With reference to FIG. 2, it will be noted that, in the drawing, the left half of the array is shown without cover plates, while in the right half of the array the cells are shown with cover plates thereover. The solar cells 32 are actually positioned within recesses, as can best be seen in FIG. 3, the recesses being numbered 33.
In actual practice, the solar cells are cemented within the recesses in the manner illustrated, and then are provided with cover plates 34. The cover plates are held in position by screws 35, as shown in FIG. 2, it being understood that the cover plates and the screws 35 are threaded in a fairly thick block of material 36.
Diametrically across the center of the block 36, as shown in FIG. 3, is an elongated recess 37 which extends entirely through the thickness of the block. Overlying the recess 37 and above that surface which carries the solar cells is positioned a transparent, frosted plate 38. The plate 38 may have a horizontal line extending along the center of its length thereof, it being understood that when the laser system is being placed in operation and adjustment is being made of the position of the laser, as well as the position of the array of solar cells, that the laser light, as it sweeps through the slot 14 in the dead plate 13 it also will sweep back and forth in the recess 37 and the alignment of the recess relative to the slot 14 may be viewed by looking from above after the removal of a cover 39. As can readily be seen, viewing of the proper alignment of the sweeping laser beam relative to the detector head assembly is an important consideration, and will be more apparent as the operation of the invention is explained in greater detail hereinafter.
As can best be seen in FIG. 2, the solar cell arrays are in the form of two concentric circles with ten individual cells spaced circumferentially about the center of the array in each of the two coaxial arrays. It should be noted also that the cells are somewhat spaced from the illuminated diametrical area of the recess 37. Within the housing 39 will be carried preamplifiers for receiving the signals from the solar cells and amplifying these signals so that they may be transmitted to an electronic logic and reject interface cabinet designated 40. The preamplifiers are given reference numerals 41 and 42 in FIG. 3. As would be expected, the preamplifiers have their own printed circuit boards which have the required electronic components for effecting preamplification of the signals. It should be pointed out that the array of solar cells is summed and that when in operation, it is a combined signal from a greater number than three cells which could be used as a minimum number to indicate the presence of a piece of stuck glass. However, in most cases, it has been found that by requiring at least the output from the illumination of nine cells will give a more reliable and certain indication of the presence of fused glass within the interior of the container positioned over the slot 14.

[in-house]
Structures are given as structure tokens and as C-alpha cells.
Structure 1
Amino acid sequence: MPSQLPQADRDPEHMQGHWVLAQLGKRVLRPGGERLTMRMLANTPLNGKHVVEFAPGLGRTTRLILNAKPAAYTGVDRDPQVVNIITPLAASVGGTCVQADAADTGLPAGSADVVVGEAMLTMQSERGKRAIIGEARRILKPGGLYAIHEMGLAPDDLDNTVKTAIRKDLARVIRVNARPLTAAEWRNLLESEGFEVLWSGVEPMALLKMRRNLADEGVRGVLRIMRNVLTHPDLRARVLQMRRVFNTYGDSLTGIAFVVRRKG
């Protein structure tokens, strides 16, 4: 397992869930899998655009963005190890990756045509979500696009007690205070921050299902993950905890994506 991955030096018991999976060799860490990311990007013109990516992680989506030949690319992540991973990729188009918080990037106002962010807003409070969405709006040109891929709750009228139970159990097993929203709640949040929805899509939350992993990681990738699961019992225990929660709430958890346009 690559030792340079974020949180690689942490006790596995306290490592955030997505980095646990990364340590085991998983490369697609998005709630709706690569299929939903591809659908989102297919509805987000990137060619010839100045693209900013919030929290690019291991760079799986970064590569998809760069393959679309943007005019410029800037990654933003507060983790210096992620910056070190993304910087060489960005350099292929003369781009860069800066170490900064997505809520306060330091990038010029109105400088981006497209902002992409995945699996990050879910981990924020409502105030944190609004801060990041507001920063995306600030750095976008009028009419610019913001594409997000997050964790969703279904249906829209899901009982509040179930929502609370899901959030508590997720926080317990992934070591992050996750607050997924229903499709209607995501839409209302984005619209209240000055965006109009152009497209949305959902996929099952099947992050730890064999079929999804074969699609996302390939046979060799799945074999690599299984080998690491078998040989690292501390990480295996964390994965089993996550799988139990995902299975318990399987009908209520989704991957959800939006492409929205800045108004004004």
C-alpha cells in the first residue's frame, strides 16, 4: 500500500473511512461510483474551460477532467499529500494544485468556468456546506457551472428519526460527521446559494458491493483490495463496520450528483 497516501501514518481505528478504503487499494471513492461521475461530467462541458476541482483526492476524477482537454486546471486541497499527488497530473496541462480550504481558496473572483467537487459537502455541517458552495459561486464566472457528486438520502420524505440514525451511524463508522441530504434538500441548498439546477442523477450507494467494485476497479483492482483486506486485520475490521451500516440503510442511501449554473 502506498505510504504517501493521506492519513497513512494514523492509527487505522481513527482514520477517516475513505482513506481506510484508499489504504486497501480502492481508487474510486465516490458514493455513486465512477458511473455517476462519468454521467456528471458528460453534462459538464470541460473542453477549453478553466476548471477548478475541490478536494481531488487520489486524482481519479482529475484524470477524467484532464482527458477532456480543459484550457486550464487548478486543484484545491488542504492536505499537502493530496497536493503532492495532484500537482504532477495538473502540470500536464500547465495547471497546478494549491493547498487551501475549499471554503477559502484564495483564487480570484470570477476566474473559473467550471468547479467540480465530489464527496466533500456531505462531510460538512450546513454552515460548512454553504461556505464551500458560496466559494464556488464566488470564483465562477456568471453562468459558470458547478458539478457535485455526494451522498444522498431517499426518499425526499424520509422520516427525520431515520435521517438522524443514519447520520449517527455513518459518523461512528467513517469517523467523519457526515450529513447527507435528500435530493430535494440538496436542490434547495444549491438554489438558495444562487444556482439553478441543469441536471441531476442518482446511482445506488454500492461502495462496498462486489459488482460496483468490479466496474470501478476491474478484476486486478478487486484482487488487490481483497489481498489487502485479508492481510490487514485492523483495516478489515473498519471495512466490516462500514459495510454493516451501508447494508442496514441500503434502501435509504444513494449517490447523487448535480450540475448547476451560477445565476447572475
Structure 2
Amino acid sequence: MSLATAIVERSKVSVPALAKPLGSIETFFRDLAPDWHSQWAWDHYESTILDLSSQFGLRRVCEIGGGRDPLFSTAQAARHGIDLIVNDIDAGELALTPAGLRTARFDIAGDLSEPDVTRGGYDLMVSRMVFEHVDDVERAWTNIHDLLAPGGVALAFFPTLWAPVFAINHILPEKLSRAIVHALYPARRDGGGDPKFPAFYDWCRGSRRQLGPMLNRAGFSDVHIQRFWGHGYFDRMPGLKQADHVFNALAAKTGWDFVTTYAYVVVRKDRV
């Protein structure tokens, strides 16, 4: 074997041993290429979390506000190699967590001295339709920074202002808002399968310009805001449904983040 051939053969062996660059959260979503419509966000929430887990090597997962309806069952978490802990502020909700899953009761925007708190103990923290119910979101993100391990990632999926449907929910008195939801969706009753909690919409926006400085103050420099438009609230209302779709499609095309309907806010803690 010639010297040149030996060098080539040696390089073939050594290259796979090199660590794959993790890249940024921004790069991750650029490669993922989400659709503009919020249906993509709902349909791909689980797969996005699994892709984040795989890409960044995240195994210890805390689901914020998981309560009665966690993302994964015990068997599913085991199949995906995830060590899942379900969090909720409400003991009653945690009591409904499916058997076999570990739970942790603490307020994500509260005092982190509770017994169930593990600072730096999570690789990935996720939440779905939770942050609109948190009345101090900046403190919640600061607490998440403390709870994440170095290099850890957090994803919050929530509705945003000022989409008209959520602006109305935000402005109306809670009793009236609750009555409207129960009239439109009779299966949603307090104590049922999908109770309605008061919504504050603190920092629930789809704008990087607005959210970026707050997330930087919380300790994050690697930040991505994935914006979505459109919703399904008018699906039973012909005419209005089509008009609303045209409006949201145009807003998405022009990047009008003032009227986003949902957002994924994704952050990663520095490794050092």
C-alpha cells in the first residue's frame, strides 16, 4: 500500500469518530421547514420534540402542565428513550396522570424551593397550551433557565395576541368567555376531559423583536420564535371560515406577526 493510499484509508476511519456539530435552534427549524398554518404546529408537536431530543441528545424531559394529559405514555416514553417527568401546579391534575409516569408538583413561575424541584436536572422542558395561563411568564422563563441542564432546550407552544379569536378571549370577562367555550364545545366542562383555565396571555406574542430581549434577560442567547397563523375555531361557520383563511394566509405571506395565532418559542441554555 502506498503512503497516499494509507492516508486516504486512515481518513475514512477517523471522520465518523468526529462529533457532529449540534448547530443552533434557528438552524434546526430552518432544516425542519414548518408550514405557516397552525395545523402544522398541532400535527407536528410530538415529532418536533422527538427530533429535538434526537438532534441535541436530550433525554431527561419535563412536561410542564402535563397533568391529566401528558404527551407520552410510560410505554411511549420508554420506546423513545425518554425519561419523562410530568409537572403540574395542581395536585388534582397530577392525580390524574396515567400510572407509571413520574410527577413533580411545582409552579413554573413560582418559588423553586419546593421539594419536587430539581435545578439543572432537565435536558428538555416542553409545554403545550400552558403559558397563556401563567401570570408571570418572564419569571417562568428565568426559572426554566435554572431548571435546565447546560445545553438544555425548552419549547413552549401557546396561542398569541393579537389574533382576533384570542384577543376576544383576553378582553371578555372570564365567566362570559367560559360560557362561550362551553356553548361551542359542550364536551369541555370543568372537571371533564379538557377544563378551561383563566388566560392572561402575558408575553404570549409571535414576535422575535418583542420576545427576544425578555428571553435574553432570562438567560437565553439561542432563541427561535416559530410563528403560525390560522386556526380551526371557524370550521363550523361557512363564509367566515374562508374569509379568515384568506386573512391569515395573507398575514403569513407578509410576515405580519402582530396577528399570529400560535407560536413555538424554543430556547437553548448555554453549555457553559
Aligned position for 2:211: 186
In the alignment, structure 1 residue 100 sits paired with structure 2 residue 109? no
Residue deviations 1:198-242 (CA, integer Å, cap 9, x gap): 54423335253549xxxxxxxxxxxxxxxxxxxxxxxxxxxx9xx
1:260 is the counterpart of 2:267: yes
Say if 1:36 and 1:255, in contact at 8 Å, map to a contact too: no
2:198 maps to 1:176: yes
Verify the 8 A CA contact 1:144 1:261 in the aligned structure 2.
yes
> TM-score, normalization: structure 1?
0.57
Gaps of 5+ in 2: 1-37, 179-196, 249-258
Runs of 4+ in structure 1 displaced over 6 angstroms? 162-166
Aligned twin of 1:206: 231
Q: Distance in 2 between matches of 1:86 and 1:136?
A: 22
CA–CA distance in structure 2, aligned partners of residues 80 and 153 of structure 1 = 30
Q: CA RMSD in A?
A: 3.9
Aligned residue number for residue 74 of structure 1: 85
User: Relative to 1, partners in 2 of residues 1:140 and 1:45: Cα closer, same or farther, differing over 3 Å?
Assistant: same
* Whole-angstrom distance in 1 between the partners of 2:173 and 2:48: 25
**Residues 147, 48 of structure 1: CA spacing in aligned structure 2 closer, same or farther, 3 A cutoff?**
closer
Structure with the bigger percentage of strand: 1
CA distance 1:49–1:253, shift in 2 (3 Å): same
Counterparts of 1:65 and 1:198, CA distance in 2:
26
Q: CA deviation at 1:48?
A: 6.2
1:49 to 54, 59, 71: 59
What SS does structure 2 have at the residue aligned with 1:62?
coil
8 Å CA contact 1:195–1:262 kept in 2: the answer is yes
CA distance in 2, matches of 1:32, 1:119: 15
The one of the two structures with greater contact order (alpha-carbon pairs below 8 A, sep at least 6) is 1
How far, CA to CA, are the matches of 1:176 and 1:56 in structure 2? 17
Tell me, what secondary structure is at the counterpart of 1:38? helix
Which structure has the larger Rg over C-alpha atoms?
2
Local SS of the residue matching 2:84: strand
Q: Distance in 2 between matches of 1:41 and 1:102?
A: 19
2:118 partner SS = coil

Power to the gauge head may be by way of a cable 44 from the power supply in cabinet 40. The output from the preamplifiers will be fed through the cable 44 leading to the electronics cabinet 40. The cabinet 40, as shown in FIG. 1, is mounted in a console 45 that is conveniently placed for the operator to have easy access. In addition to the electronics cabinet, the console is provided with a scanner amplifier/power supply 46. The scanner amplifier/power supply 46 is connected by lead 47 to the mirror oscillator. A display device 48 may also be mounted within the console and when a reject interface 52 is connected to the stuck glass gauge output, along with the reject outputs of other inspection devices that would be incorporated with the other starwheel positioned mentioned above, it can provide a continuous display of the kinds of defects being detected and provide a count of them as well. The reject interface 52 is connected to the electronics display by cable 51. Further, the electronics 40 are provided with a connection 49 to a reject solenoid 50 mounted along the side of the conveyor 11 to thereby provide a signal to reject those containers which have been found to be defective.
It should also be apparent that one of the inspection positions to which the starwheel brings bottles may be, as taught in U.S. Pat. No. 4,745,314 to Mathias et al., a cavity identification reader, thus also providing information for display or print-out of the mold of origin of each defect detected, including the containers found to have stuck glass therein by the specifically disclosed apparatus.
As stated before, and as illustrated in FIG. 4, the stuck glass that is lighted from below with the laser scan, appears to the observer as a point source of light which radiates in nearly all directions. As the light from the stuck glass radiates, it will be observed by a plurality of solar cells and, having selected a number whose combined outputs are greater than some minimum number, such as three, a lower threshold is established. It is necessary to pick a threshold because other defects may appear in the bottom of a container and act as a mirror or lens to either reflect or refract the light. The reflected or refracted light, however, is normally highly directional and would result in the illumination of perhaps one or two cells. Therefore, by choosing a larger number of cells as the level that will indicate stuck glass, the response will not be misleading. The other defects, such as checks, etc., are detectable by other devices that are positioned at the other stations of the inspection and gauging machine served by the starwheel.